Tag Archive for role model

Who Am I Parenting Anyway?

Becoming a parent taught me a lot. It revealed areas of immaturity and prompted (dare I say compelled) me to grow up. Areas in which I didn’t practice what I preached made themselves known. I had to learn to “walk the talk” and live a life that modeled what I wanted my children to learn. Let me share a few examples you might relate to (at least, I hope I’m not the only one!). These examples come by way of statements parents say to their children, statements we need to practice ourselves.

  • “Don’t yell at me.” Have you ever said that to your child? If you have, there’s a good chance you said it in anger, with a raised voice. I remember my children arguing with one another, yelling at one another. In frustration I yelled, “We don’t yell in this house!” Yes, I’m embarrassed to say I yelled at them to stop yelling. I yelled, “We don’t yell in this house.”  Fortunately, I heard myself and decided to make a change, to grow up. I decided to learn to express my frustrations in a more mature manner, not like an impetuous child yelling.
  • “Be patient;” or “You need to be more patient.”  It’s true. Children need to learn patience. It doesn’t seem to be a skill we’re born with. But I fear many of us don’t outgrow our childhood impatience. When we sit in traffic and impatiently growl about the driver in front of us, are we modeling adult patience for our children?  When we impatiently accuse our children of taking too long to get ready or of eating too slowly at a restaurant, is it them or us who need to develop a more mature level of patience? I know I need to grow in patience so that my children will have a patient parent to emulate. Perhaps I need to heed my parental statement, “Be patient.”
  • “You can’t always get your way” and “The world doesn’t revolve around you!” Ouch, that hurts.  Children will learn this best when we model it, when we do not pout because our spouse asked us to help clean the kitchen (consider how you show The Full Extent of Love to your family)… or moan and complain as we watch a show our spouse likes… or grumble about go to a restaurant our spouse chooses. Time to grow up and model for our children how to graciously accept that the world doesn’t revolve around us either.
  • “Don’t you get angry with me.” That’s easy to say…but do your children ever see you get angry with your parent (their grandparent) or your spouse (their other parent)? In fact, there’s nothing wrong with your children getting angry with you. After all, effective parents place healthy limits and demands on their children and their children don’t always like them. In addition, we have all misunderstood our children at times. I know I get upset, even angry, when I feel misunderstood. What we really mean to say is, “It hurts me (and maybe even makes me angry) when you get angry with me.” So, rather than make a childish demand like, “Don’t be mean to me by being angry with me,” take the role of an adult who is not overwhelmed by a child’s anger. Respond with healthy empathy and love. Let them see that no matter how mad they get with you, you still love them enough to listen AND maintain healthy limits and expectations.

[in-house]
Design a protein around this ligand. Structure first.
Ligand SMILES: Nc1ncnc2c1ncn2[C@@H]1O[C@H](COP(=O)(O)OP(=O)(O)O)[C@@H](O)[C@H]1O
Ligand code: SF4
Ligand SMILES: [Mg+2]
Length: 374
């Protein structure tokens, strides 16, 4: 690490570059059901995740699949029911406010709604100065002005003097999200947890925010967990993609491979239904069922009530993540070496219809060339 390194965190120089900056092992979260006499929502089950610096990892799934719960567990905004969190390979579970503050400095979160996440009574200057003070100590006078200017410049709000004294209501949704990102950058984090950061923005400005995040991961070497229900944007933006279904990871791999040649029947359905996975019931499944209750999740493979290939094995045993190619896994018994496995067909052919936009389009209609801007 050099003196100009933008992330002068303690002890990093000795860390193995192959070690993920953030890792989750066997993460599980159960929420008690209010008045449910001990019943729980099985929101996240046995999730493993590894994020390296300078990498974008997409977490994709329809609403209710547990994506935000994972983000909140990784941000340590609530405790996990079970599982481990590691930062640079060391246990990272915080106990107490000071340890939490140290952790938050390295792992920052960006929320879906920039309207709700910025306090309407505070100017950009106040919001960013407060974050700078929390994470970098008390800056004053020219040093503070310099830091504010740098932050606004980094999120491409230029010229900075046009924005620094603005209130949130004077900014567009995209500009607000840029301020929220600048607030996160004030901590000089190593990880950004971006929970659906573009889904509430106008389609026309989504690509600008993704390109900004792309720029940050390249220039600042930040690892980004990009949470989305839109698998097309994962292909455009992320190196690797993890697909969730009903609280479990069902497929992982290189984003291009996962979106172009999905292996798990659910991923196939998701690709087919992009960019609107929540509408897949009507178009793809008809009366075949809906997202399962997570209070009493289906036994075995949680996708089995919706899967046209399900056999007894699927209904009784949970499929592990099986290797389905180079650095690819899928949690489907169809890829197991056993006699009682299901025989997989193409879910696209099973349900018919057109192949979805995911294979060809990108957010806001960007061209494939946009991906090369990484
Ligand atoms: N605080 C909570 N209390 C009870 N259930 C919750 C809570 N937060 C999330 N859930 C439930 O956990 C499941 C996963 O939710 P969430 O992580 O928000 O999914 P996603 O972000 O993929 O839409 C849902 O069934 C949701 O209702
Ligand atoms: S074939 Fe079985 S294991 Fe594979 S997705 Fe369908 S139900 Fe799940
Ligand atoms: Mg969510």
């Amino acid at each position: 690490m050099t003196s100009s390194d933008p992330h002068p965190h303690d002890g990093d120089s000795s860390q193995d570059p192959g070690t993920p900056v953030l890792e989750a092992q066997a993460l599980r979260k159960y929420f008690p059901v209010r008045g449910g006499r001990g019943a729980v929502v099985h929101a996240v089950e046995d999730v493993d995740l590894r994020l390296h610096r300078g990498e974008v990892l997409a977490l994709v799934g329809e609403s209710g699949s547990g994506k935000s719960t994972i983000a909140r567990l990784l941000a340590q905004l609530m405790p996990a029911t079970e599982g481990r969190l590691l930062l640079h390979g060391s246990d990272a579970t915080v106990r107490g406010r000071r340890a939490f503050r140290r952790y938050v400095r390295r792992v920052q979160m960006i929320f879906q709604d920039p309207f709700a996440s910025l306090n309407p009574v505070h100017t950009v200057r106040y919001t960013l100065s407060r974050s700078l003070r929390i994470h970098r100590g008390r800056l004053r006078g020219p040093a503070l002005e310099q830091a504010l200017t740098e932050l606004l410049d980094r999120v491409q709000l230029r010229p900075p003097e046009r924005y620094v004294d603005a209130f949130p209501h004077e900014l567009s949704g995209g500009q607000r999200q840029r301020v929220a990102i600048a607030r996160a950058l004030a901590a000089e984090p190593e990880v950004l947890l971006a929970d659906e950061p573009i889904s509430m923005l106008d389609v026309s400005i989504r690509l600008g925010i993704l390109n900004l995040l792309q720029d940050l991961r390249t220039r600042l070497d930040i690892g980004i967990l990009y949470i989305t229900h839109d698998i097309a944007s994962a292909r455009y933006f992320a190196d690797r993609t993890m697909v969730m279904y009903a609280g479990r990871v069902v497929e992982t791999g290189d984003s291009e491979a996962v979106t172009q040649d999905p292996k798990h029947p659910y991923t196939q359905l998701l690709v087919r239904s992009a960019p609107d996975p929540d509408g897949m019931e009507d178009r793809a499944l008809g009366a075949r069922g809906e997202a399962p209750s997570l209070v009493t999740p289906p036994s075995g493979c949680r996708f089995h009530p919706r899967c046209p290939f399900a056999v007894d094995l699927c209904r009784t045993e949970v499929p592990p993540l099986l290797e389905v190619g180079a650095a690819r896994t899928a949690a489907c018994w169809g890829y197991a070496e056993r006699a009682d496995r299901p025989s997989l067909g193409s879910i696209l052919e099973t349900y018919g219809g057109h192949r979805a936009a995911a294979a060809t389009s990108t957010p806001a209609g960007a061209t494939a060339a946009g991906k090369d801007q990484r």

Sometimes in the midst of listening to myself parent I have to wonder, “Who am I really parenting?” Who am I encouraging to grow more mature? Sure, I want my child to grow more mature. But sometimes I think I’m talking to myself and encouraging myself to mature, to become a better parent, to become the kind of person I want my children to emulate.

Take Time to Reflect

In her book Hunt, Gather, Parent, Michaeleen Doucleff, PHD, describes “three steps [a parent can use] to transmit any value they want to a child.” These three steps include modeling, acknowledging, and practicing. And it’s true. Parents use these three powerful actions to transmit values to their children whether they know it or not, even whether they intend to or not. If we don’t reflect on what we model, acknowledge, and practice, we may pass on values that we never wanted our children to learn. As an example, consider children and teen technology use.

Practice: Many parents give their children lots of practice in the unhealthy use of technology. For instance, we hand our toddlers our cell phone or iPad to keep them calm, busy, and out of our hair. We may also give children and teens technology to counter their boredom during a long drive. In other words, we encourage them to use technology to deal with frustrations or boredom and, in the process, discourage them from learning other methods of dealing with frustrations and boredom (like reading, playing a game, or conversing with other people). In fact, the American Academy of Child & Adolescent Psychiatry notes that we let 8-12-year-old children practice using technology 4-6 hours a day. Teens practice using technology up to 9 hours a day. Imagine if they practiced math, a sport, or an instrument that many hours a day.